Monday, February 10, 2020

Feeding the World without Wrecking the Planet

In January researchers from the Potsdam Institute for Climate Impact Research (PIK) in Germany published a study to see if it is possible to feed the 10 billion people 2050 projected to occupy our planet in a sustainable way. The article “Feeding ten billion people is possible within four terrestrial planetary boundaries” was published in Nature Sustainability in January 2020 (the proper citing is at the bottom).

The researchers ask the question how many people could be fed while keeping a strict standard of environmental sustainability worldwide. Their study addresses for four of nine sustainability boundaries most relevant for agriculture: Biosphere integrity (keeping biodiversity and ecosystems intact), land-system change, freshwater use, and nitrogen flows. Based on a detailed simulation model they built, the impacts of food on these boundaries are examined at a level of spatial and process detail never reached before, and were also able to aggregated the data for the entire planet.

The researchers found that almost half of current food production is harmful to our planet – causing biodiversity loss, ecosystem degradation and water stress. “When looking at the status of planet Earth and the influence of current global agriculture practices upon it, there’s a lot of reason to worry, but also reason for hope – if we see decisive actions very soon,” says Dieter Gerten, lead author of the article from PIK and professor at Humboldt University of Berlin. He goes on to say: “Currently, almost half of global food production relies on crossing Earth’s environmental boundaries. We appropriate too much land for crops and livestock, fertilize too heavily and irrigate too extensively. To solve this issue in the face of a still growing world population, we collectively need to rethink how to produce food. Excitingly, our research shows that such transformations will make it possible to provide enough food for up to 10 billion people.”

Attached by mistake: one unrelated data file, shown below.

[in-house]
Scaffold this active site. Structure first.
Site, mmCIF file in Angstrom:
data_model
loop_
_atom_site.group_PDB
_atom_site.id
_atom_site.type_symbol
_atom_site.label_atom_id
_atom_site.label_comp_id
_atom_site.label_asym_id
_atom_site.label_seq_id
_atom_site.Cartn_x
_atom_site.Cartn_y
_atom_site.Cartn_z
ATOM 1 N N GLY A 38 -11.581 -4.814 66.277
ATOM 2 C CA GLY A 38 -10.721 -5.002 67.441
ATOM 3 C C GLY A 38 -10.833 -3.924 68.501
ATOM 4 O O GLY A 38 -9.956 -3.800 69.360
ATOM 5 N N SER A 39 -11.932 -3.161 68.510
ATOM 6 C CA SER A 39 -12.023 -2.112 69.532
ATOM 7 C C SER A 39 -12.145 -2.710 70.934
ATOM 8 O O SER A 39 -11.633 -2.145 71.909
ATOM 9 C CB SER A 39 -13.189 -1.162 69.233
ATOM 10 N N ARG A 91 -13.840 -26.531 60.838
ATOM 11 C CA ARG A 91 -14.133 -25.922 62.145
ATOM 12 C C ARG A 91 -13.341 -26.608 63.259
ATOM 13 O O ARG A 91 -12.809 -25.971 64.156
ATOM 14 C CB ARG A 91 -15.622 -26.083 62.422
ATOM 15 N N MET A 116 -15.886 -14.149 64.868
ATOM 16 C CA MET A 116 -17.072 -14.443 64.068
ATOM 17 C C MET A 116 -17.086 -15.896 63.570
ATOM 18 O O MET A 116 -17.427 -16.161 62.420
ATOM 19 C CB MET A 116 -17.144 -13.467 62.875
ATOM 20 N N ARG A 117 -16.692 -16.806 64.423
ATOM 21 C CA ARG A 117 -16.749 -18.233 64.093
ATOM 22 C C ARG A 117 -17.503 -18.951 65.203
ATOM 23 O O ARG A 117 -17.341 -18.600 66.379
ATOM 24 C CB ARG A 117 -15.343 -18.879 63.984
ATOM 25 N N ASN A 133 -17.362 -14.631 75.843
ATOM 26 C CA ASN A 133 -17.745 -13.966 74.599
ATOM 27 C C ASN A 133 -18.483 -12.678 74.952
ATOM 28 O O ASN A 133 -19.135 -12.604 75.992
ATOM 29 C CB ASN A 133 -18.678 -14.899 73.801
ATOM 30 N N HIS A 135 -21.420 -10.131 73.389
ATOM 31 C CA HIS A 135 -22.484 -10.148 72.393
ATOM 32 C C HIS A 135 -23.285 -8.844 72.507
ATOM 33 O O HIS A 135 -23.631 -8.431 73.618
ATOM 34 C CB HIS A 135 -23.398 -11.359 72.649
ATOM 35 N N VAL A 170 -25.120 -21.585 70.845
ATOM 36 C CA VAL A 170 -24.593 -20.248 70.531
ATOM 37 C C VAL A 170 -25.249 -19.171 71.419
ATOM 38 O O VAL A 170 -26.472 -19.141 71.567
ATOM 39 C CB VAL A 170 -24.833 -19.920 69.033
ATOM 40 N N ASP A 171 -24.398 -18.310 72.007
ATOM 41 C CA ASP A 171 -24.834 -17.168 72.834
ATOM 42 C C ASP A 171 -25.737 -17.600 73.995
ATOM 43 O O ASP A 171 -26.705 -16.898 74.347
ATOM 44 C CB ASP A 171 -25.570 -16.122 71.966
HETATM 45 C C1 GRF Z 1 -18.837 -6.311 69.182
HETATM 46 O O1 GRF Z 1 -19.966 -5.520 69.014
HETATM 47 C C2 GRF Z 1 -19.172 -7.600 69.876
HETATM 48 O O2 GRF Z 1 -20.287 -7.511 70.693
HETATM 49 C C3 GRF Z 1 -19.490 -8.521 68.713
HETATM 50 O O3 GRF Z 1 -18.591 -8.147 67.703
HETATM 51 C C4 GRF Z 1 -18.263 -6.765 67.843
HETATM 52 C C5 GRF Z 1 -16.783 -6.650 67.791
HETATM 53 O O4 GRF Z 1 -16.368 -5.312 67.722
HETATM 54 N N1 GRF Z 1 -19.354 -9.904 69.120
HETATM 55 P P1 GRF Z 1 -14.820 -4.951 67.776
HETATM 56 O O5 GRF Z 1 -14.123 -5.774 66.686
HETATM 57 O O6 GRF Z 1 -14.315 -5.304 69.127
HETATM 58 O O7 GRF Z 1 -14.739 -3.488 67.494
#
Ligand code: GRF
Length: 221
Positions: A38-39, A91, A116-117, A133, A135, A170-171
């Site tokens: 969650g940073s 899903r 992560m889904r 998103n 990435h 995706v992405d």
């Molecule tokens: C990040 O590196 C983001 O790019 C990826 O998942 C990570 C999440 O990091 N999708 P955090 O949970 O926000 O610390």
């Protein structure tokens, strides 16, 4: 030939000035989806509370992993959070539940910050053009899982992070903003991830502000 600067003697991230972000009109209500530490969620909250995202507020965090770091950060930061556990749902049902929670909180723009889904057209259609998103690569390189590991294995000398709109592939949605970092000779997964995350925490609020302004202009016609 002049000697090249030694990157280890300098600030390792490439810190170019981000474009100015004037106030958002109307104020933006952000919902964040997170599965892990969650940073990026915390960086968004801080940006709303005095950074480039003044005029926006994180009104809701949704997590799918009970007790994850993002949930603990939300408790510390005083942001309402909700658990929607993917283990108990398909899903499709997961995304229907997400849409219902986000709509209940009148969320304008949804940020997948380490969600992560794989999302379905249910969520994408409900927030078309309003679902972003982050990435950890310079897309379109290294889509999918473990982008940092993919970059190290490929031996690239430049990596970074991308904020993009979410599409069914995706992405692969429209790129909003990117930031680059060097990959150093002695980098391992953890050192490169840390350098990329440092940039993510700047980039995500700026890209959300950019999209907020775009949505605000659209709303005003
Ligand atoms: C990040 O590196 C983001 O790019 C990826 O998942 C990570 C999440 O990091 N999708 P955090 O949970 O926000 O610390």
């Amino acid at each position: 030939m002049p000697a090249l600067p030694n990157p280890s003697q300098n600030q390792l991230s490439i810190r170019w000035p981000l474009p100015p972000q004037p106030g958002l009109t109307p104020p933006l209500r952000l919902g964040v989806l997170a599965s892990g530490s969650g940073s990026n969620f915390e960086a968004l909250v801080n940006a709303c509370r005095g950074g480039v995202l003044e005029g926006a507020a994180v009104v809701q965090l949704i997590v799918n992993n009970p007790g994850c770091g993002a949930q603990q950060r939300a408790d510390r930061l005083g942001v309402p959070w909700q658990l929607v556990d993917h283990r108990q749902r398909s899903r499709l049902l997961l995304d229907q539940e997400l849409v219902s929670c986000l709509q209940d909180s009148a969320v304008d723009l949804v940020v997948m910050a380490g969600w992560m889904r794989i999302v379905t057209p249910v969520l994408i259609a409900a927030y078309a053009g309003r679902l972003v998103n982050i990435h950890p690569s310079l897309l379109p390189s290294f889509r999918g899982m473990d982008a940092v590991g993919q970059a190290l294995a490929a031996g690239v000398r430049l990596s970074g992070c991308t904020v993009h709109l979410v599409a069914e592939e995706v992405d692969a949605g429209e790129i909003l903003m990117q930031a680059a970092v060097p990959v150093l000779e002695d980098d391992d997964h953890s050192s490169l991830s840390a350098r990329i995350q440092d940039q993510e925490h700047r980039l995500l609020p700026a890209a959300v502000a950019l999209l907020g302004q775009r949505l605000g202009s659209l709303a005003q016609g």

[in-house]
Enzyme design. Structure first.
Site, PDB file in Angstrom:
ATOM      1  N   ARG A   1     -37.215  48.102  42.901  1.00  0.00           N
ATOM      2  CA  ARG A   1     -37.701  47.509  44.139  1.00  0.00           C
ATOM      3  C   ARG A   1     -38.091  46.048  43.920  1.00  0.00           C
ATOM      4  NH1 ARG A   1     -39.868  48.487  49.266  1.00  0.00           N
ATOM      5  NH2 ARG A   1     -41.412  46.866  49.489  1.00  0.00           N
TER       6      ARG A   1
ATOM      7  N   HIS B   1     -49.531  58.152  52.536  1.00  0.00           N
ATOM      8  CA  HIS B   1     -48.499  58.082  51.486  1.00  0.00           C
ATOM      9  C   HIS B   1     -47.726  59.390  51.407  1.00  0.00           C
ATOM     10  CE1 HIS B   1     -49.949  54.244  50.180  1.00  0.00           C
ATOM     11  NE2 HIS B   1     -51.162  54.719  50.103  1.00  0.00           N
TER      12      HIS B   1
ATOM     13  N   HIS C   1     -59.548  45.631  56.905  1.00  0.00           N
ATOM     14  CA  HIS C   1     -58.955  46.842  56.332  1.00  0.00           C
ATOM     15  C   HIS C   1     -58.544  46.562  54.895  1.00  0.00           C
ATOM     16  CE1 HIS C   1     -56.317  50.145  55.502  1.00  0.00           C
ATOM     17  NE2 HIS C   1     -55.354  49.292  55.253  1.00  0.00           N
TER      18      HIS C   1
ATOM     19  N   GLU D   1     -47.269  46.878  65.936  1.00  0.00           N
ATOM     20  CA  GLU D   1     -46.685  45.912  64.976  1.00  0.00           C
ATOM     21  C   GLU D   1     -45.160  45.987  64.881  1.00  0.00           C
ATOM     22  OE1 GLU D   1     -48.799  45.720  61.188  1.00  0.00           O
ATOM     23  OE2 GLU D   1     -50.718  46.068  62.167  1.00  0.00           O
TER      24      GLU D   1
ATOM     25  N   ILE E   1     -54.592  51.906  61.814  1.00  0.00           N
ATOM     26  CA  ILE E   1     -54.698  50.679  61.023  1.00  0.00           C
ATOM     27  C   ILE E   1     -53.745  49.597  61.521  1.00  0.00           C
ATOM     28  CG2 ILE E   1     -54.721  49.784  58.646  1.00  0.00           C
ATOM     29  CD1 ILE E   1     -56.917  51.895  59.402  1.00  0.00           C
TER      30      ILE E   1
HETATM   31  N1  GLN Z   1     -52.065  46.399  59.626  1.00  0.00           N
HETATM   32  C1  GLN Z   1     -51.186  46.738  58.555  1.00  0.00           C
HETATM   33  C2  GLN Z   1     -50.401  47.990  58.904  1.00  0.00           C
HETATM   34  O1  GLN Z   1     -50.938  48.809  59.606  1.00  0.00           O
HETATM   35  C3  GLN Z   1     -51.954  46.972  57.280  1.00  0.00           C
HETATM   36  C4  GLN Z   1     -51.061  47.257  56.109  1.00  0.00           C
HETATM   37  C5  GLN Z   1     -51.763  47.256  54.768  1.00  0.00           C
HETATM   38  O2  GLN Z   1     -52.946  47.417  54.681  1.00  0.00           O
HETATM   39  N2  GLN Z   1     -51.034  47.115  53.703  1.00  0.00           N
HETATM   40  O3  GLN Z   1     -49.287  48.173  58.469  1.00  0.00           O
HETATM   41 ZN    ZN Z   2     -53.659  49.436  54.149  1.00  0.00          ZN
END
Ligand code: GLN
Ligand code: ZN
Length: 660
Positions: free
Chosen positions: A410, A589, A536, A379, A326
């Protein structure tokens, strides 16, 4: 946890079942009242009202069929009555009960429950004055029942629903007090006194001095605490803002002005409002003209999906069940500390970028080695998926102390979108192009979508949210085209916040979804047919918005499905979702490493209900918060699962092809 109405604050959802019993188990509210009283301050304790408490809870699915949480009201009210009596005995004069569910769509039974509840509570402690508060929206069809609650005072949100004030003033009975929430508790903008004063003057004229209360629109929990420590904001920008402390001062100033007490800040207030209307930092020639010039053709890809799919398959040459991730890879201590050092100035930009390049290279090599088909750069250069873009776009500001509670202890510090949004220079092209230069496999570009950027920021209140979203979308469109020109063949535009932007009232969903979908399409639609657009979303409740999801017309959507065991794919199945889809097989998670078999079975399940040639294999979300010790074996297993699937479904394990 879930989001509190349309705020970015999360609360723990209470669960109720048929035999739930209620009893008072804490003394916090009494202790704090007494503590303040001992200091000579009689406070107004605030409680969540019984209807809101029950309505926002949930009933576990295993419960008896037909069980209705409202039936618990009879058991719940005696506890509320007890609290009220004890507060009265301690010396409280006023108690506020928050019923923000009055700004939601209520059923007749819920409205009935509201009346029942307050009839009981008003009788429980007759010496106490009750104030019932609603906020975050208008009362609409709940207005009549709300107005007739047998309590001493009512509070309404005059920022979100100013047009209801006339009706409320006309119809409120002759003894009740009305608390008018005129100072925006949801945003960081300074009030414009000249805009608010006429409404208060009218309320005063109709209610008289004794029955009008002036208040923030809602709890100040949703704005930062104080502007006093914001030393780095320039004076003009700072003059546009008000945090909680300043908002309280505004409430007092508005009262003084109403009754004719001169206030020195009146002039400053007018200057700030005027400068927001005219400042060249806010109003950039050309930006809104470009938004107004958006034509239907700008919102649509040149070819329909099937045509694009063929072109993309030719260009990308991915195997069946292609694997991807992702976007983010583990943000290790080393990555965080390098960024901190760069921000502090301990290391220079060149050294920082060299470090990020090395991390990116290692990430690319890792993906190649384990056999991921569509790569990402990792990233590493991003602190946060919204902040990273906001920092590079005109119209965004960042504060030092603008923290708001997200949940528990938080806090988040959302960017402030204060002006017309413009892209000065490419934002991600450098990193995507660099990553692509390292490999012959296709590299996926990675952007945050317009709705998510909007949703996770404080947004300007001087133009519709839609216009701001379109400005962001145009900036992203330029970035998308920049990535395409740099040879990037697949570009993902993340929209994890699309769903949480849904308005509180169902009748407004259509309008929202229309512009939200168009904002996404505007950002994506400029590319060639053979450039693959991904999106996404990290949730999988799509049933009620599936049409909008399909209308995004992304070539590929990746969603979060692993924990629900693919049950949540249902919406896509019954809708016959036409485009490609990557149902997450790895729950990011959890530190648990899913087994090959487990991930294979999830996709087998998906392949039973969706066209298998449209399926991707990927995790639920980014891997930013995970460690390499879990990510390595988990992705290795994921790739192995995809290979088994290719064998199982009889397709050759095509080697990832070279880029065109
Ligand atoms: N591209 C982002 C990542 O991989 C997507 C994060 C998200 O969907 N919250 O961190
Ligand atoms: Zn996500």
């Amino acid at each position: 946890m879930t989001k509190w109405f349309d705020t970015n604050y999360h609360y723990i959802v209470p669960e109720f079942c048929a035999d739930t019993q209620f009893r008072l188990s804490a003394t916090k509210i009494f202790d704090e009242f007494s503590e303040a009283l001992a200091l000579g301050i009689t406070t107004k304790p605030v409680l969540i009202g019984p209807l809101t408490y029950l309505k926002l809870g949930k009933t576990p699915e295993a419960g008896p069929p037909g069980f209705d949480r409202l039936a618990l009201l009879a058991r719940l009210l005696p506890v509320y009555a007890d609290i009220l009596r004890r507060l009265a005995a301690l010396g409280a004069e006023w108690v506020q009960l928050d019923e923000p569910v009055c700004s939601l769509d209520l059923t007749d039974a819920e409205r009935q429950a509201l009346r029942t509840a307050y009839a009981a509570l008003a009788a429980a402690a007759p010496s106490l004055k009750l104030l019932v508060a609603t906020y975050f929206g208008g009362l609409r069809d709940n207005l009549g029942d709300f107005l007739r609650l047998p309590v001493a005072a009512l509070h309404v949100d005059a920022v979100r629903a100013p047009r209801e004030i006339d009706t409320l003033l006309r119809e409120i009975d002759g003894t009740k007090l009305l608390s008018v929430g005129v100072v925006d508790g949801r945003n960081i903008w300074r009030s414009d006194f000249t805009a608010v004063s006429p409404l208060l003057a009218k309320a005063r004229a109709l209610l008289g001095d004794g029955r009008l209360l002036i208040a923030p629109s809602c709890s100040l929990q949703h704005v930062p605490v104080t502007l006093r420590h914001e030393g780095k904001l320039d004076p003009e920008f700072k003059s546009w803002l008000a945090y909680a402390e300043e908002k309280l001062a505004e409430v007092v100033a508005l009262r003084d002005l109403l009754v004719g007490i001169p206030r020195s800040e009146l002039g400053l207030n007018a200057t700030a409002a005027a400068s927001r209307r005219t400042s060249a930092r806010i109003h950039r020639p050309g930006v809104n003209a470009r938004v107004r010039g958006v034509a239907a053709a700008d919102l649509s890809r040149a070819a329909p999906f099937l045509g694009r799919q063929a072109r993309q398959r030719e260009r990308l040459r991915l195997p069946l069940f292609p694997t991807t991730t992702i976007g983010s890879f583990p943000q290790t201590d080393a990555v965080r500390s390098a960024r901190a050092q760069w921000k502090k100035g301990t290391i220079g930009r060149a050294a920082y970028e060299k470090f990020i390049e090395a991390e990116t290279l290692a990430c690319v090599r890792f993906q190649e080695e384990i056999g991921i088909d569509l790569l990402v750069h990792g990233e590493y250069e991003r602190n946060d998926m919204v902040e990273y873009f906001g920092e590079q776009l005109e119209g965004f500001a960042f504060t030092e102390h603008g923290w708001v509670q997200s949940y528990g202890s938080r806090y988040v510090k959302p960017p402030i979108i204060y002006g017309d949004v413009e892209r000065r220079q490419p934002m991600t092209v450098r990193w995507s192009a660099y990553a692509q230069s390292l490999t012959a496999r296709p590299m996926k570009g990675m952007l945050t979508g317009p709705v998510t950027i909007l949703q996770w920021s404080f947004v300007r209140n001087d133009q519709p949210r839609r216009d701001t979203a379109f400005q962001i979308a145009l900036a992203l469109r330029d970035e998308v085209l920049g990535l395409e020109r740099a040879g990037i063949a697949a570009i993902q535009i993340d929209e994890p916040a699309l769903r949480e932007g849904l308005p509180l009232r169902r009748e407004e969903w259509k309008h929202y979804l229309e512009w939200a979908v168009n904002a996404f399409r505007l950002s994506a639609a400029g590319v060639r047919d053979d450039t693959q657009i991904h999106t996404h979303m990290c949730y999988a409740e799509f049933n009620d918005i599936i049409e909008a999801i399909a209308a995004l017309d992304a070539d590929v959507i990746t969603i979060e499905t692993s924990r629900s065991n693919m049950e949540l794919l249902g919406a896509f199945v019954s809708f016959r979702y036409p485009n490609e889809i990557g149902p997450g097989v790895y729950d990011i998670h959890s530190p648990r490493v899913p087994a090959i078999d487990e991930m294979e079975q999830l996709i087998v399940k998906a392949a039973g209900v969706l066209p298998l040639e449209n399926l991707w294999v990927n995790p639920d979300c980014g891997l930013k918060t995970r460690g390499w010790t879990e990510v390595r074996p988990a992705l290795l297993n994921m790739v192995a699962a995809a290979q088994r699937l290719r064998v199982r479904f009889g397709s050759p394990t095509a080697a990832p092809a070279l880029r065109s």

In theory, 10 billion people can be fed 2,600 calories a day without compromising the Earth eco-system. Unfortunately, the solutions put forward by the researchers do not seem either politically or practically possible. They found that agriculture in many regions (India and Sub-Saharan Africa for example) is using too much water, land, or fertilizer. Production in these regions needs to be brought into line with environmental sustainability. The question is how. In other places, however, farming is so far off local and Earth’s boundaries that even more sustainable systems could not completely balance the pressure on the environment, such as in parts of the Middle East, Indonesia, and to in Central Europe.

Thus the researchers propose: Relocation of food production. Large-scale dietary shifts away from animal proteins towards more legumes and other vegetables. Another crucial factor is reducing food loss pointing out that the most recent IPCC Special Report on land use found that currently, up to 30% of all food produced is lost to waste. Perhaps the most sensitive and challenging implication of the study relates to land. The manner, location and types of food grown would need to be managed seemingly by some global management entity. And even after recalibrating agricultural production, international trade would be required as a key element of a sustainably fed world because not all nations would be able to produce enough food to feed their people. Under that scheme it is easy to imagine that many would prefer to continue farming in an unstainable way rather that submit to global management.

While the topic of how to feed the future population has been in broad discussion for several years. This analysis is unique in that it demonstrates the current form of agriculture is not sustainable. Supplying a sufficient and healthy diet for every person while maintaining the planet’s biosphere intact would require adopting radically different ways of farming, reduction of food waste, significant dietary changes, and central management and planning of food production. The study's publication coincided with the World Economic Forum in Davos and the International Green Week in Berlin, the world's biggest food and agriculture fair.

If you are interested in this topic, you might want to look at “How to Sustainably Feed 10 Billion People by 2050, in 21 Charts” from the World Resource Institute at this link https://www.wri.org/blog/2018/12/how-sustainably-feed-10-billion-people-2050-21-charts.

Gerten, D., Heck, V., J├Ągermeyr, J. et al. Feeding ten billion people is possible within four terrestrial planetary boundaries. Nat Sustain (2020). https://doi.org/10.1038/s41893-019-0465-1

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